Here in Fiji, the issue is a burning one after a string of incidents in which women have been killed. In the latest, we lost one of Fiji’s best and most respected journalists, Losana McGowan, in an alleged incident of domestic violence that shocked not only those who knew her but the entire nation.
Yet these killings are merely the most obvious manifestations of a culture that we know extends across the Pacific of men resorting to violence against women in domestic confrontations. The days of sweeping the extent of this crisis under the proverbial mat for cultural reasons or to save face are over. The time for action to bring this scourge to an end is long overdue.
I’m very pleased that you have chosen to make this issue the theme of this gathering. And I urge you all – no matter where you come from – to use this Forum to send the strongest possible message to the region and the world that domestic violence in the Pacific is now a matter not only for legitimate public discussion in our societies but that zero tolerance is the only option.
Where there is a reluctance to confront the extent of the problem, we need to force it onto our national agendas. And where there is a lack of political will to address family violence, those governments and politicians must be shamed into action.
Men must be repeatedly told what I tell our menfolk in Fiji: that real men don’t hit women. Real men protect women and treat them as equals. And women need to be encouraged to stand up more for themselves – to keep repeating the mantra that violence is unacceptable in any setting whatsoever, let alone the family. Which is the heart of every society and ought to be a place devoid of conflict. A place of love and acceptance in which our children can be reared and every family member can be safe.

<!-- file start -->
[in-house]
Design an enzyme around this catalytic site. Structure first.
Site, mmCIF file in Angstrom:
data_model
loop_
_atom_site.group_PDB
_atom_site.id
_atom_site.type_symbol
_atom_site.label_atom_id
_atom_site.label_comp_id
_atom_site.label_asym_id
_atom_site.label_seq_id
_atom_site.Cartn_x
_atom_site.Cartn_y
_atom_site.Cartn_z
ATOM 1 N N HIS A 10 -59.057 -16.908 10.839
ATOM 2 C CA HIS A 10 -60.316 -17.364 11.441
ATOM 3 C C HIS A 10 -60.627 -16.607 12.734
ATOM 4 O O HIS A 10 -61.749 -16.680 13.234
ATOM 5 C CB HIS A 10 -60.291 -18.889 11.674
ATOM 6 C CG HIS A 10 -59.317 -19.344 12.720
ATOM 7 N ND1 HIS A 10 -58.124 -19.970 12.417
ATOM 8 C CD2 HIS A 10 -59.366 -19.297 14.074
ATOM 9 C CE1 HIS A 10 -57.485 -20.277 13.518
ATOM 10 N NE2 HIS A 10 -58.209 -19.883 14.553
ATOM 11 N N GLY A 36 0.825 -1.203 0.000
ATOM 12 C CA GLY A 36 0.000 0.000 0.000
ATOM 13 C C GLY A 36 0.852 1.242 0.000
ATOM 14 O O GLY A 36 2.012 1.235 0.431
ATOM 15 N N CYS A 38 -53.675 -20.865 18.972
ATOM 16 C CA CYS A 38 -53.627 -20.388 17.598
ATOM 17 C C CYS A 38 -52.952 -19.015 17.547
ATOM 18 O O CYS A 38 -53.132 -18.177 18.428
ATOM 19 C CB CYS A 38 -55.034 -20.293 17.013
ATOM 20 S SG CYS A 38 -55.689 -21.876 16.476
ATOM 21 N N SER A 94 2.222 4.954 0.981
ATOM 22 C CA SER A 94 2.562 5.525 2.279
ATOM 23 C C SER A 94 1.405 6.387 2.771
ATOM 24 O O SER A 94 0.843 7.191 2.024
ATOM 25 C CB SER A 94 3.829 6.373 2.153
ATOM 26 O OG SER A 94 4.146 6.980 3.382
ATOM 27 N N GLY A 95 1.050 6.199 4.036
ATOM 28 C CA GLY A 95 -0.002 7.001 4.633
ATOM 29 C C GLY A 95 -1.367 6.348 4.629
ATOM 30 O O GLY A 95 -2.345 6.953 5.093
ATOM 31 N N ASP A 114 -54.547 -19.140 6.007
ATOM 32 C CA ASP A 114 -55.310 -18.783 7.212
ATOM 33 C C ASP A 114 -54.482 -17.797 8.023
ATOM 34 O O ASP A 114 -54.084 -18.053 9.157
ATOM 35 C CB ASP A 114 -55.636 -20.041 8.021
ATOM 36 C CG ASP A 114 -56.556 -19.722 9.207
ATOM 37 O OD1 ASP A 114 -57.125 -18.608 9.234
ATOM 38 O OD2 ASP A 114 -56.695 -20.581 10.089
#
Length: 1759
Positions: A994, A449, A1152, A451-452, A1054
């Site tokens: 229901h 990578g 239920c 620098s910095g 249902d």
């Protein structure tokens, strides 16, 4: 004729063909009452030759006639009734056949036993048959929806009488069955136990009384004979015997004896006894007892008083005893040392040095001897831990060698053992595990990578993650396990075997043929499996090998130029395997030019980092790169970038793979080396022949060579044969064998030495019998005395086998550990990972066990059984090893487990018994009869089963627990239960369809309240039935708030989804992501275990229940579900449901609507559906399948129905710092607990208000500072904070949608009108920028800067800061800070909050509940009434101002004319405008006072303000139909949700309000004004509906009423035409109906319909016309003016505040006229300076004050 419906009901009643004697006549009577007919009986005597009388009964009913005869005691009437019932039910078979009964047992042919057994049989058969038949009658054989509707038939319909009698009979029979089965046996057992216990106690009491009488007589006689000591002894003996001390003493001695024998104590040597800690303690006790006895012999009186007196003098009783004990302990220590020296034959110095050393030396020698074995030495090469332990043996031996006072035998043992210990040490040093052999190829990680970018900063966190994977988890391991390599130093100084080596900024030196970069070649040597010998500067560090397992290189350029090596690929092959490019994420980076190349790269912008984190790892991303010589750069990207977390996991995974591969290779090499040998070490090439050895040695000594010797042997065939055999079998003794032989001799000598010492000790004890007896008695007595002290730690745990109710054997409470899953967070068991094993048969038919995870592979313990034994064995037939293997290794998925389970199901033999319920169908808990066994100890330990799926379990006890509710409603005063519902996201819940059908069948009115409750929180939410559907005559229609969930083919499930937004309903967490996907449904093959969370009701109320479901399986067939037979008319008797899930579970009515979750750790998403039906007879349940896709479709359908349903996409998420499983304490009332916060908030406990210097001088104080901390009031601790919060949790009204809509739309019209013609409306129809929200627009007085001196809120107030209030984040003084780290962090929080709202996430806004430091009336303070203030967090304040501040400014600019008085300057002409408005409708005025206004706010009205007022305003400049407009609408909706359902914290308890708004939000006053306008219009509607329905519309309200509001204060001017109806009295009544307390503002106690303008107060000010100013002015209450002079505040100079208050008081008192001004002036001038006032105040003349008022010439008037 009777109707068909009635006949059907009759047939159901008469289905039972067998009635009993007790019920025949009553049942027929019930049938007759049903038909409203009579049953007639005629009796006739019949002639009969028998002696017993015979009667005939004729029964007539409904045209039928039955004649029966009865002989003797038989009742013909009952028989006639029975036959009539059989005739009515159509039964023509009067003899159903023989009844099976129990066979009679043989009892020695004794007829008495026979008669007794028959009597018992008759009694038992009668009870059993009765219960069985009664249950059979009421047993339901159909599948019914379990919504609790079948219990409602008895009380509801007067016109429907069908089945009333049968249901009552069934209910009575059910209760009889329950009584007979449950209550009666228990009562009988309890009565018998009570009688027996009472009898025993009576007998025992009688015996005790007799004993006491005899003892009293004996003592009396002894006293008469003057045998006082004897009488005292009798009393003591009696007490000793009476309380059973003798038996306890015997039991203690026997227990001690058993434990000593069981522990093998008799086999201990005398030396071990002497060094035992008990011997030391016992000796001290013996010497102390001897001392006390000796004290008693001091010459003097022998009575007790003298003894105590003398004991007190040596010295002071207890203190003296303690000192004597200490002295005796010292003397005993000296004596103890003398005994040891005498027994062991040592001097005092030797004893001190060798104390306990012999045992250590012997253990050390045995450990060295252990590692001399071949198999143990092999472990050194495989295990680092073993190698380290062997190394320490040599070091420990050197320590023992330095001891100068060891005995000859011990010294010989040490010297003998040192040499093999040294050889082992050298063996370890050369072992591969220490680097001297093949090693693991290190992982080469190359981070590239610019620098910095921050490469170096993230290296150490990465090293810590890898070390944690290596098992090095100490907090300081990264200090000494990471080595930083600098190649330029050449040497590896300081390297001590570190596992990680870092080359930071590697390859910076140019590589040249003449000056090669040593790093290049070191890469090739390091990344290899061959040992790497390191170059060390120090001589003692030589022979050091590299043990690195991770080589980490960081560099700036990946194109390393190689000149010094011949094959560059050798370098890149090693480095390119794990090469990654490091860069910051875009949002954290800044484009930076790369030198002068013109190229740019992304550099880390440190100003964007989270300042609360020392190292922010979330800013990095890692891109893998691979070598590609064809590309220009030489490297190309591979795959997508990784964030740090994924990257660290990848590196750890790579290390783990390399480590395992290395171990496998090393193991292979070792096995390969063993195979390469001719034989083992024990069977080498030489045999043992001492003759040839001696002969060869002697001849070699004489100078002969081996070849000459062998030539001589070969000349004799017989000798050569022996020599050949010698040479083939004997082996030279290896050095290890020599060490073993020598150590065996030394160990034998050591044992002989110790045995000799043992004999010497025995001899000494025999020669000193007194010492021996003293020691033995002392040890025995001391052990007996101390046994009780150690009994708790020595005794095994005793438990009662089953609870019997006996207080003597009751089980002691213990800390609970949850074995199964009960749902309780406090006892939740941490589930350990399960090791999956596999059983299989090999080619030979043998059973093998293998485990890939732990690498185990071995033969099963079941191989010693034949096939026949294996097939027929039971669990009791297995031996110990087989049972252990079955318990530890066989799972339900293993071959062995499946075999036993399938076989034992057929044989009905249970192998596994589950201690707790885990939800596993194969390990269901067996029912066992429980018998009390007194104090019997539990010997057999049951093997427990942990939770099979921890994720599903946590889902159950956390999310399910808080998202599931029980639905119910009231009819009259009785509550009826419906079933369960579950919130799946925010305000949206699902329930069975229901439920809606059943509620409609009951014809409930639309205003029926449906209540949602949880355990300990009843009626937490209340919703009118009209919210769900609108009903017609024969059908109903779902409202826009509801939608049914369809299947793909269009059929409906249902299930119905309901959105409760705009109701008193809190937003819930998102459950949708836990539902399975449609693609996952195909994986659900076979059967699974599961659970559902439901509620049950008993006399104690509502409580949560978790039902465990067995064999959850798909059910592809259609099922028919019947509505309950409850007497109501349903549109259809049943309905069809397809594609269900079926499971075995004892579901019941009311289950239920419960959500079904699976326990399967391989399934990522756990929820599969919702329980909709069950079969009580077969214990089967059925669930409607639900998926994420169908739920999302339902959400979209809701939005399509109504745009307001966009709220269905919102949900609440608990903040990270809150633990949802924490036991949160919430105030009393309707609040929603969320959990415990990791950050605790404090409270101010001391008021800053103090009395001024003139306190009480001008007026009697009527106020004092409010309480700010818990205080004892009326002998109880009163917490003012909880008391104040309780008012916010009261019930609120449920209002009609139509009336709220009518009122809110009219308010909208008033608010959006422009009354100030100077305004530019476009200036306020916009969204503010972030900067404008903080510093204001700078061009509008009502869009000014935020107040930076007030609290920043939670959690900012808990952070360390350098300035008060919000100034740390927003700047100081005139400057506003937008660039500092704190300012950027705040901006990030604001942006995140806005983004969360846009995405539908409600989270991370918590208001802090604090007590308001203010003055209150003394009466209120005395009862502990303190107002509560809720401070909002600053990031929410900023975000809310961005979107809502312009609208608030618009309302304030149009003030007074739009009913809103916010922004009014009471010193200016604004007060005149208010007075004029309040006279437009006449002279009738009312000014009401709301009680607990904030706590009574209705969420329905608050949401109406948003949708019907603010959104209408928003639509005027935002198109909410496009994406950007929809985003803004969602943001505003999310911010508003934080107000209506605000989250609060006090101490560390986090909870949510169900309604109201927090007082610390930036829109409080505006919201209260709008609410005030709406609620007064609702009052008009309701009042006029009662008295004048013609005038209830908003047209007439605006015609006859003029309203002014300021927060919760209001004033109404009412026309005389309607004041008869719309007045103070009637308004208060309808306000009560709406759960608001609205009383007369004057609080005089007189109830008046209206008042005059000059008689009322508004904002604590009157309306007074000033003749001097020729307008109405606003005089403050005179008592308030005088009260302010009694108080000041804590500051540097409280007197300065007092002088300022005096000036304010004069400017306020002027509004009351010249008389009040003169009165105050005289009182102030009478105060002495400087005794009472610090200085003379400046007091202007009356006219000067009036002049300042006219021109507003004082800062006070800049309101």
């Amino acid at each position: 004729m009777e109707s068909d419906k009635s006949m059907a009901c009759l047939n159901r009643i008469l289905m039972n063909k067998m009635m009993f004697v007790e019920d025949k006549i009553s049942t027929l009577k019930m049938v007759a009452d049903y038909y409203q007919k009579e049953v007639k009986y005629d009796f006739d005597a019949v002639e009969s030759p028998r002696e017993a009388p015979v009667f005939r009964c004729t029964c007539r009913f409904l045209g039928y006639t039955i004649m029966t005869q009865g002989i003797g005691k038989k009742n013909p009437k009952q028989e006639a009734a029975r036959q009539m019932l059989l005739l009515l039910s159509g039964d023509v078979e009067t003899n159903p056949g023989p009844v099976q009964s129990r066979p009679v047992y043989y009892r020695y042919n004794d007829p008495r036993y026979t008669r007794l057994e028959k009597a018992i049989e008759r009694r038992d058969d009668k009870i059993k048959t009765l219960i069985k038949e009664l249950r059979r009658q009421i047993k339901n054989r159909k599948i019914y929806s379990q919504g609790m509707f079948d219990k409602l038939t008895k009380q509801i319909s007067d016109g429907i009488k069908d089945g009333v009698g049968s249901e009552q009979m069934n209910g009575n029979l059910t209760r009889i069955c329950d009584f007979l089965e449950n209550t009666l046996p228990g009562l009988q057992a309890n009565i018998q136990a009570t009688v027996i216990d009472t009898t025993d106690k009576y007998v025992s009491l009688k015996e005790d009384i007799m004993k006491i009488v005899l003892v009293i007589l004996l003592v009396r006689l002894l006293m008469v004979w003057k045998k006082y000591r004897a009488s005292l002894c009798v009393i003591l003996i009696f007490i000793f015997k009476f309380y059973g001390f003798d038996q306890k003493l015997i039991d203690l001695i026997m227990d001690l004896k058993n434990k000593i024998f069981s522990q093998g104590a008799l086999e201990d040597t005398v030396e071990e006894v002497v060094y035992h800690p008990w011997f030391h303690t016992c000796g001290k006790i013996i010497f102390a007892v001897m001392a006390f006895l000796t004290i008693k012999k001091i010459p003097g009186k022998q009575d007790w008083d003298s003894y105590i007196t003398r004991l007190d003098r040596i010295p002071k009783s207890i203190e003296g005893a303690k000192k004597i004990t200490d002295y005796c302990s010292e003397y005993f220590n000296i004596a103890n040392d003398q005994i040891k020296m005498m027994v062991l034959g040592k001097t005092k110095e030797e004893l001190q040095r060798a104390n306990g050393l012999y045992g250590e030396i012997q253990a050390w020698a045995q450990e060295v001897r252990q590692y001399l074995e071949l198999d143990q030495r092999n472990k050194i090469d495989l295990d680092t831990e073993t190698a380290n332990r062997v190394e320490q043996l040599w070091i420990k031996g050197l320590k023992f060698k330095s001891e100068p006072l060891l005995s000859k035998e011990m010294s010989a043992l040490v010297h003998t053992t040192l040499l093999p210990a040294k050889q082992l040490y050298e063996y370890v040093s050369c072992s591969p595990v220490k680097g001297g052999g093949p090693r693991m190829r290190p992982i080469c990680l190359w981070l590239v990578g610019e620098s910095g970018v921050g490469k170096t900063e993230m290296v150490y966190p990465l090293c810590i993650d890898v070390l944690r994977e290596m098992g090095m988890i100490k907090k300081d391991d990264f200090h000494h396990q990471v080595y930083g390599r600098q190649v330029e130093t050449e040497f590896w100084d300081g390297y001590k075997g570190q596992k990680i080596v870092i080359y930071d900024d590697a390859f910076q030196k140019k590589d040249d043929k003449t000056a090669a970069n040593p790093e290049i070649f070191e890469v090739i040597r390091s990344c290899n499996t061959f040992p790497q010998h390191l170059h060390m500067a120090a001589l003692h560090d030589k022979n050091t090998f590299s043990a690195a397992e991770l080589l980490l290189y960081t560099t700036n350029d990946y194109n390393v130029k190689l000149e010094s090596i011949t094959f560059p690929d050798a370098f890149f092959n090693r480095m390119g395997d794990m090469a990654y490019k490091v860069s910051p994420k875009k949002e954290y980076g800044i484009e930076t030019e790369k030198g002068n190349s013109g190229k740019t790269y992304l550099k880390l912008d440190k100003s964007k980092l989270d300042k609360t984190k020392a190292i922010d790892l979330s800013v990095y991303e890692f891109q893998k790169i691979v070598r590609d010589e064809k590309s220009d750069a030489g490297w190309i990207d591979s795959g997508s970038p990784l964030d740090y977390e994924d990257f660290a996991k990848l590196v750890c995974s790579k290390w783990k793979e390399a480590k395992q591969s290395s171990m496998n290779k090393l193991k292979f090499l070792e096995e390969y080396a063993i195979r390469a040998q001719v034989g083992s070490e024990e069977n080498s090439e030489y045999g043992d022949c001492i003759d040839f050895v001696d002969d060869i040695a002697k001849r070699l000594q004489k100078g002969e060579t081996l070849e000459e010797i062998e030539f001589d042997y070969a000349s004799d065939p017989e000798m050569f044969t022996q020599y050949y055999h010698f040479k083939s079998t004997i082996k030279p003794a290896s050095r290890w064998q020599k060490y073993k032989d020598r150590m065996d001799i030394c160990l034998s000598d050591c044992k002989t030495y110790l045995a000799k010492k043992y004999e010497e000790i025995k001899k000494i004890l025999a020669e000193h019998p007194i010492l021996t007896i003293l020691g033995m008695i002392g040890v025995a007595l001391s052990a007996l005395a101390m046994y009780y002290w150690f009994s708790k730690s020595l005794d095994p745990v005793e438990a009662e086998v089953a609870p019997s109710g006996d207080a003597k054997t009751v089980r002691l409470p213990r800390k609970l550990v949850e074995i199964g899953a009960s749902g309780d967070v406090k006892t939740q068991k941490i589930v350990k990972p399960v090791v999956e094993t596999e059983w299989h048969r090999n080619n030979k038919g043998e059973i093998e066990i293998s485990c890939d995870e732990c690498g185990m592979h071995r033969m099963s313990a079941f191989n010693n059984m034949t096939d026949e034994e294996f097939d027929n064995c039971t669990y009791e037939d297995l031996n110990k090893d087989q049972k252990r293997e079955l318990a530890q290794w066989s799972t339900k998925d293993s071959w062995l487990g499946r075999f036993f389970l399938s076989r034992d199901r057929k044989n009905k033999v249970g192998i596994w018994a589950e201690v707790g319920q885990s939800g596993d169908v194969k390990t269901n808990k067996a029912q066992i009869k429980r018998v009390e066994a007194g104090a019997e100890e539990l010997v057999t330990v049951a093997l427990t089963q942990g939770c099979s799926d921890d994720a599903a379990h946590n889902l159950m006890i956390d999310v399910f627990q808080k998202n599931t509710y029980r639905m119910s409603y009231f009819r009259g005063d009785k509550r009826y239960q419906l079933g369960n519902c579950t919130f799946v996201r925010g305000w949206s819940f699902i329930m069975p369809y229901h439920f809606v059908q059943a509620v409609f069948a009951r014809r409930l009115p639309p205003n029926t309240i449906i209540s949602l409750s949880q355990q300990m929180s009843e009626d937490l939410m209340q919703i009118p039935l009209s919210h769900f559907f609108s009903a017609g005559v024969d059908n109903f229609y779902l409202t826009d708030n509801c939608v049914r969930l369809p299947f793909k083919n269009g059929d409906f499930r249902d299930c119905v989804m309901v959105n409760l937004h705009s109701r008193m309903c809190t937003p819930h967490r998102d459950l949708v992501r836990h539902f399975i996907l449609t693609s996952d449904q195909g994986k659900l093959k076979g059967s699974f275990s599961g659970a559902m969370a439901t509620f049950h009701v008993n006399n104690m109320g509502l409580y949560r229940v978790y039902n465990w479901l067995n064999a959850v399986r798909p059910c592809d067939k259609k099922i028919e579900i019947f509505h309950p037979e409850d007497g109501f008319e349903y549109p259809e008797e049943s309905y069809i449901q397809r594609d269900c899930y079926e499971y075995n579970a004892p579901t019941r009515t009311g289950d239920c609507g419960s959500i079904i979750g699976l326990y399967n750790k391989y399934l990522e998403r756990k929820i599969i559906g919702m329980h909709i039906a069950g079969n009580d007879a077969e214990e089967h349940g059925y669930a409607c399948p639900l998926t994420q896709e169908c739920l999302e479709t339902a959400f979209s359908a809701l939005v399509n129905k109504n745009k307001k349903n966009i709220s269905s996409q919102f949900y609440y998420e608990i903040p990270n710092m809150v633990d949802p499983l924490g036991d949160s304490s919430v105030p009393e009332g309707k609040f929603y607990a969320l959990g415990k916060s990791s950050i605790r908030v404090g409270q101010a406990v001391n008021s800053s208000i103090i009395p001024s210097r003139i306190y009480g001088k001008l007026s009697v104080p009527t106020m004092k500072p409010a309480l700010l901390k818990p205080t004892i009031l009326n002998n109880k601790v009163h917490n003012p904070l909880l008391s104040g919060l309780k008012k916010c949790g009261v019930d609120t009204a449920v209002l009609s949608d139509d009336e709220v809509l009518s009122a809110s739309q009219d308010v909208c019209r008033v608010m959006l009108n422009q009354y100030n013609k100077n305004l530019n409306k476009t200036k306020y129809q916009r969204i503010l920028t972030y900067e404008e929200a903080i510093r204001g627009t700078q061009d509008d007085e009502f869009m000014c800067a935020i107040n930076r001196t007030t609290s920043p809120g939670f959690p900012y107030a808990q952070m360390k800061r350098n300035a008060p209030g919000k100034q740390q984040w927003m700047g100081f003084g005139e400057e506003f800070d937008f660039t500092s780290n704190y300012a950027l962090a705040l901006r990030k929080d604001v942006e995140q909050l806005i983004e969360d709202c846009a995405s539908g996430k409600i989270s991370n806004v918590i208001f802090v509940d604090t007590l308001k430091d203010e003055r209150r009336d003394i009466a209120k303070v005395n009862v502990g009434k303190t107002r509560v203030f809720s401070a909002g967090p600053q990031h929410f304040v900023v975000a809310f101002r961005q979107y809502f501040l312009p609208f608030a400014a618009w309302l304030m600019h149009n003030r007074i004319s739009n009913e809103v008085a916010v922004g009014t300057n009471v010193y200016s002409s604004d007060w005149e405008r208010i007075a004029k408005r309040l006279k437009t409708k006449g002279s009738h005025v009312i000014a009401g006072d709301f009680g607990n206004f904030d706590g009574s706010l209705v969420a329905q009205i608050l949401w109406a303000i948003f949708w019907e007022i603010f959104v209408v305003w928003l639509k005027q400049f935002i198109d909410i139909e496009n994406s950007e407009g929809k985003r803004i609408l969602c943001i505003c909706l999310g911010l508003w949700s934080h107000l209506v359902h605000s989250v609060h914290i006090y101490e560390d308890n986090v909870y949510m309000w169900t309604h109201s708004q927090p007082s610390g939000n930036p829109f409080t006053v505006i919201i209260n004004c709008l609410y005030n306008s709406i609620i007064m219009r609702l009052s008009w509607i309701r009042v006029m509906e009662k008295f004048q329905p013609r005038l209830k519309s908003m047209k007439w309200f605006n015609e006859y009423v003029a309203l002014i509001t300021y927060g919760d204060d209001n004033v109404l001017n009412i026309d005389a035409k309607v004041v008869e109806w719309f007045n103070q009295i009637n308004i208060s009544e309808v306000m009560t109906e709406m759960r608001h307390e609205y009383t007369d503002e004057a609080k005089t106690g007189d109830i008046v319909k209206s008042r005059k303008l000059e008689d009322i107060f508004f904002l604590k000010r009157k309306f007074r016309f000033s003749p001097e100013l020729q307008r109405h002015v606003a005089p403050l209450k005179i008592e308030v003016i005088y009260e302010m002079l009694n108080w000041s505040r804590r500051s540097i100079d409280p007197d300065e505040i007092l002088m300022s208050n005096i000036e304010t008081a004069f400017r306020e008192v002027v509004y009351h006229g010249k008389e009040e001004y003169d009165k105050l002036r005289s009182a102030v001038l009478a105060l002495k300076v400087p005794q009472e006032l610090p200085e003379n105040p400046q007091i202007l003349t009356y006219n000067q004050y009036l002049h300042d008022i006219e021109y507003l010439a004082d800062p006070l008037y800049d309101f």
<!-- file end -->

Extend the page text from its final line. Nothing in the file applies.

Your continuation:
Your Excellency, Honourable Ministers, Speakers, Senators and Members of Parliament, Distinguished Guests, Ladies and Gentlemen;
I’m proud of my own Government’s record in this area and pledge before you all today to redouble our efforts to change our own culture of accepting the unacceptable.
Six years ago, my Government enacted the Domestic Violence Decree, a series of landmark provisions that had been put before previous governments for fifteen years but had been ignored. The first draft was formulated in 1994. The second nearly a decade later. But because of a shocking lack of political will, this draft lay gathering dust until my Government pulled it off the shelves and finally enacted its provisions in 2009.
This delay of 15 years speaks volumes about our own cultural attitudes in Fiji at the time. But my Government has a proud record in this area which we have strengthened across the board by either tightening existing laws or introducing new ones to give Fijian women an unprecedented level of legal protection.
As well as introducing the first domestic violence laws in Fiji’s history, we have strengthened the rights of women who live in de-facto relationships. We have removed the old Victorian rules for the corroboration of rape. No longer does a rape victim’s sexual history have any bearing on a case. Nor are peace offerings accepted to let the perpetrators of crimes go free.